Fire Safety – September 2013

Did you know that National Fire Safety Week is October 6-12? This special week offers the perfect opportunity to talk to your children about the importance of fire safety.

According to Beverly Anderson, Executive Director of Ebenezer Child Care Centers with locations in Milwaukee, Mequon, Greenfield, Oak Creek, and Wauwatosa, “Too many children die tragically every year because of fires that could have been prevented. This is a serious subject that every parent needs to take the time to discuss with their children.”

Don’t Play With Fire…Ever
Anderson says it is imperative that children grow up being taught to never, under any circumstances, play with matches, candles, campfires, or any kind of flame. All of these can be extremely dangerous and have deadly consequences if mishandled.

At Home
There are a number of things you should be doing at home to help ensure your family will be safe in the event of a fire.

“If your home doesn’t have smoke detectors, you need to install one on every level,” says Anderson. “Also, be sure switch out all smoke detector batteries during daylight savings time each spring and fall.”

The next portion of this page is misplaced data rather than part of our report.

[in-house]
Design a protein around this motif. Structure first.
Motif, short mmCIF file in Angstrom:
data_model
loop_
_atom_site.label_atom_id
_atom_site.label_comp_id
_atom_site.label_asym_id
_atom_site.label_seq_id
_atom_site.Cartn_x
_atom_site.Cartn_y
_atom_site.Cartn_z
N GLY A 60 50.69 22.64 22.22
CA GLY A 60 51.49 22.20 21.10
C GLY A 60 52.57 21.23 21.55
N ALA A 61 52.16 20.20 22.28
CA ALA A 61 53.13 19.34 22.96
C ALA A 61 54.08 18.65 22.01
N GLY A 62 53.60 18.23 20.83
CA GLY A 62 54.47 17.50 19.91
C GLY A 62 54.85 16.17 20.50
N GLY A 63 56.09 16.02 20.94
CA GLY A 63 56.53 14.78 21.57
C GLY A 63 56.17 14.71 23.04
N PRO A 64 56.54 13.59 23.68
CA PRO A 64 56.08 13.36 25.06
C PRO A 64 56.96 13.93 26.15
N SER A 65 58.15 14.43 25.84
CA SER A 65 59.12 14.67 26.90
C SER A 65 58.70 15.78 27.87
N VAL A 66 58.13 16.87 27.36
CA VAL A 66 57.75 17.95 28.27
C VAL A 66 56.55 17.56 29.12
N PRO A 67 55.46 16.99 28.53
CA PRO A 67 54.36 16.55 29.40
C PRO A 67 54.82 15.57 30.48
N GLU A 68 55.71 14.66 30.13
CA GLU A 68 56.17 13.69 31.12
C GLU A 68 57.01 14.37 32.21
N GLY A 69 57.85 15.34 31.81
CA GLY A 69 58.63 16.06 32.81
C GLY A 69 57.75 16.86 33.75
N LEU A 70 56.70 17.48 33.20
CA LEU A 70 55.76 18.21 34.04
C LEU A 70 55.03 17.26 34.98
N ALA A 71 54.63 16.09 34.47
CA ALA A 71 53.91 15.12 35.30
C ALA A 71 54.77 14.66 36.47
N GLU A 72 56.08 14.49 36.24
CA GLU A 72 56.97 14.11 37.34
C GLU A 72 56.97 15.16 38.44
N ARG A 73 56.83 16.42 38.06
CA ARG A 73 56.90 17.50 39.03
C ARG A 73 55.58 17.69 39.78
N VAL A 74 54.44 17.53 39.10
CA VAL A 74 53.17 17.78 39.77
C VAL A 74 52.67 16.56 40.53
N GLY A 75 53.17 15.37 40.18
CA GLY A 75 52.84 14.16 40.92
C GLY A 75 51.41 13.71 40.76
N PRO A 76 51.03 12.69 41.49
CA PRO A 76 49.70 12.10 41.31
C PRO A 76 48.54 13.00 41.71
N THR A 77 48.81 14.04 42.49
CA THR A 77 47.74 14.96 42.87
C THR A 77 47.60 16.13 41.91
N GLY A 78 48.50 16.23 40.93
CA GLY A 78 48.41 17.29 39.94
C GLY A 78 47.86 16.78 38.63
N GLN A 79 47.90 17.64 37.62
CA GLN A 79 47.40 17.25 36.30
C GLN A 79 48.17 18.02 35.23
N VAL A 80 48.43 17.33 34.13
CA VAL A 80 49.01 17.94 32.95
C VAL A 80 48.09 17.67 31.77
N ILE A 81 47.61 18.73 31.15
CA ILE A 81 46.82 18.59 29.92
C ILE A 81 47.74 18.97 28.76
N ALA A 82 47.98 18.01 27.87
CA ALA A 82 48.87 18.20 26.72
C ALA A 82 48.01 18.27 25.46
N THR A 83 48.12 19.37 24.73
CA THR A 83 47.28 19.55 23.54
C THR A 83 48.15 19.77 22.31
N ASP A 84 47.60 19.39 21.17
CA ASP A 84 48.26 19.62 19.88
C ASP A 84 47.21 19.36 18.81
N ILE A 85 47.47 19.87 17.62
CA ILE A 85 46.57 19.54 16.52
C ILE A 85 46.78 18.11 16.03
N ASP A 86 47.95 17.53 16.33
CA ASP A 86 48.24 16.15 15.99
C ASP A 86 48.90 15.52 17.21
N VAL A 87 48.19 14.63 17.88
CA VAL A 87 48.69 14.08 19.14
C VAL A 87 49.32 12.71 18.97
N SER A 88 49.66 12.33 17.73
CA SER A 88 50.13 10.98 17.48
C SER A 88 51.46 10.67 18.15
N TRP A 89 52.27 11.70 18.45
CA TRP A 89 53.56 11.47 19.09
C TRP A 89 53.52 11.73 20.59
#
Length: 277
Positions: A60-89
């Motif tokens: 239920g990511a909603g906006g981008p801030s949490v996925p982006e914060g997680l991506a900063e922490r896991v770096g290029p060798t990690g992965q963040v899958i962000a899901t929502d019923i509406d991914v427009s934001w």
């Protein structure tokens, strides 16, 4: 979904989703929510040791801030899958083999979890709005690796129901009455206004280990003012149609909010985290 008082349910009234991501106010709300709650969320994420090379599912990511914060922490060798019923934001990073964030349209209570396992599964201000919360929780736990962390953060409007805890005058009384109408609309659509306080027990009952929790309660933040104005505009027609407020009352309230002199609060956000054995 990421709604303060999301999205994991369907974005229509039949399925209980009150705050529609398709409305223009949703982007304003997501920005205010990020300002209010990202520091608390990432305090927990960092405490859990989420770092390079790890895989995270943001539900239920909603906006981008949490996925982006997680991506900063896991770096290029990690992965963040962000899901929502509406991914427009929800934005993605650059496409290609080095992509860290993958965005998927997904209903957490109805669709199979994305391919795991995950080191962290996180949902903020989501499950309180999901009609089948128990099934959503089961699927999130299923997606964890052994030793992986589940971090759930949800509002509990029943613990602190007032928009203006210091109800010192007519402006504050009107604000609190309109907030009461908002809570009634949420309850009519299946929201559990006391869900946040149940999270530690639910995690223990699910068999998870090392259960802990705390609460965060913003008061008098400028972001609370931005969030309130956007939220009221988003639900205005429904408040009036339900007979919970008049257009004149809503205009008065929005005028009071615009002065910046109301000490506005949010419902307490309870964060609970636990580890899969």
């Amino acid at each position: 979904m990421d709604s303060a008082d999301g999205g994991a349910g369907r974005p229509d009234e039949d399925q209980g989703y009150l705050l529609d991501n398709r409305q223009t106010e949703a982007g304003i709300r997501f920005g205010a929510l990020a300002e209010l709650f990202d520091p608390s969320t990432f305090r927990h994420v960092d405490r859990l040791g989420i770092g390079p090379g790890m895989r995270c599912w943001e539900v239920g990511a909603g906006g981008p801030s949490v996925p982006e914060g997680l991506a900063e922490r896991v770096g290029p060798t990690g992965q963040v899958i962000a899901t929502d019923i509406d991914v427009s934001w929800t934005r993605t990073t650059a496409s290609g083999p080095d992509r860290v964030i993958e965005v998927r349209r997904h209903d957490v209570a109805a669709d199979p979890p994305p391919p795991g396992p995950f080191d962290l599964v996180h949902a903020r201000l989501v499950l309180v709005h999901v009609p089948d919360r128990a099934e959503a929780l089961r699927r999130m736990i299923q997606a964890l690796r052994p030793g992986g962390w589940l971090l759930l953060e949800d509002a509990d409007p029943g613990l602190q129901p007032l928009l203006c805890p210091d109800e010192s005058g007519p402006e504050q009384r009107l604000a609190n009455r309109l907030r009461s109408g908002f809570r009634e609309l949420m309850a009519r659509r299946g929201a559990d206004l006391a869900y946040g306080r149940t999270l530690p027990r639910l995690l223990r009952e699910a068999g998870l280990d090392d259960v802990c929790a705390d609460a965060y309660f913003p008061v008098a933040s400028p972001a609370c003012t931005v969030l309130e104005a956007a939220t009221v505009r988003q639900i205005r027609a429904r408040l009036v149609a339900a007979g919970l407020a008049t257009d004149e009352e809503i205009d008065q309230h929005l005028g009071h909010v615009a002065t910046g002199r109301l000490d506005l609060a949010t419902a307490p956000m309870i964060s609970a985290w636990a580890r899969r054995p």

Anderson adds that parents need to make sure their children know how to dial 9-1-1 in the event of an emergency. Families should also have an emergency evacuation plan in the event of a fire and practice it each spring and fall when they replace their smoke detector batteries.

Other suggestions for making your home more safe include: keeping matches out of children’s reach; not burning candles without being present in the room; and always keeping a screen in front of your fireplace when you are using it. It is also a good practice is to sleep with bedroom doors closed to help prevent the spread of fire if one does break out.

What to Discuss With Your Children
According to Anderson, it’s important for children to learn what to do if they catch on fire.

“There are many educational picture books that teach children the important message of ‘stopping, dropping and rolling’ in the event they do catch on fire. Knowing this important rule could save a child’s life! Children need to know that if they panic and run, it could cause the fire to spread more.”

Another thing Anderson says you need to discuss with your children is what to do if your home catches on fire.

“It’s important for children to understand that in such a situation, they can’t panic. I am writing this report solely to encourage people here. It all started with too much stress at work. Then Xanax ( After prolonged tension, ringing in the ears, exhaustion, dizziness, etc., I got a violent panic attack in the morning, I initially thought that I had a heart attack, after several stays in the emergency ambulance. They should drop to the ground and crawl to safety, never opening a door before they check it with the back of their hand to see if it is hot. Children should get to the closest window or door as quickly as possible and call to their family that they are okay. They should also be told to trust fire fighters who will be there to help them.”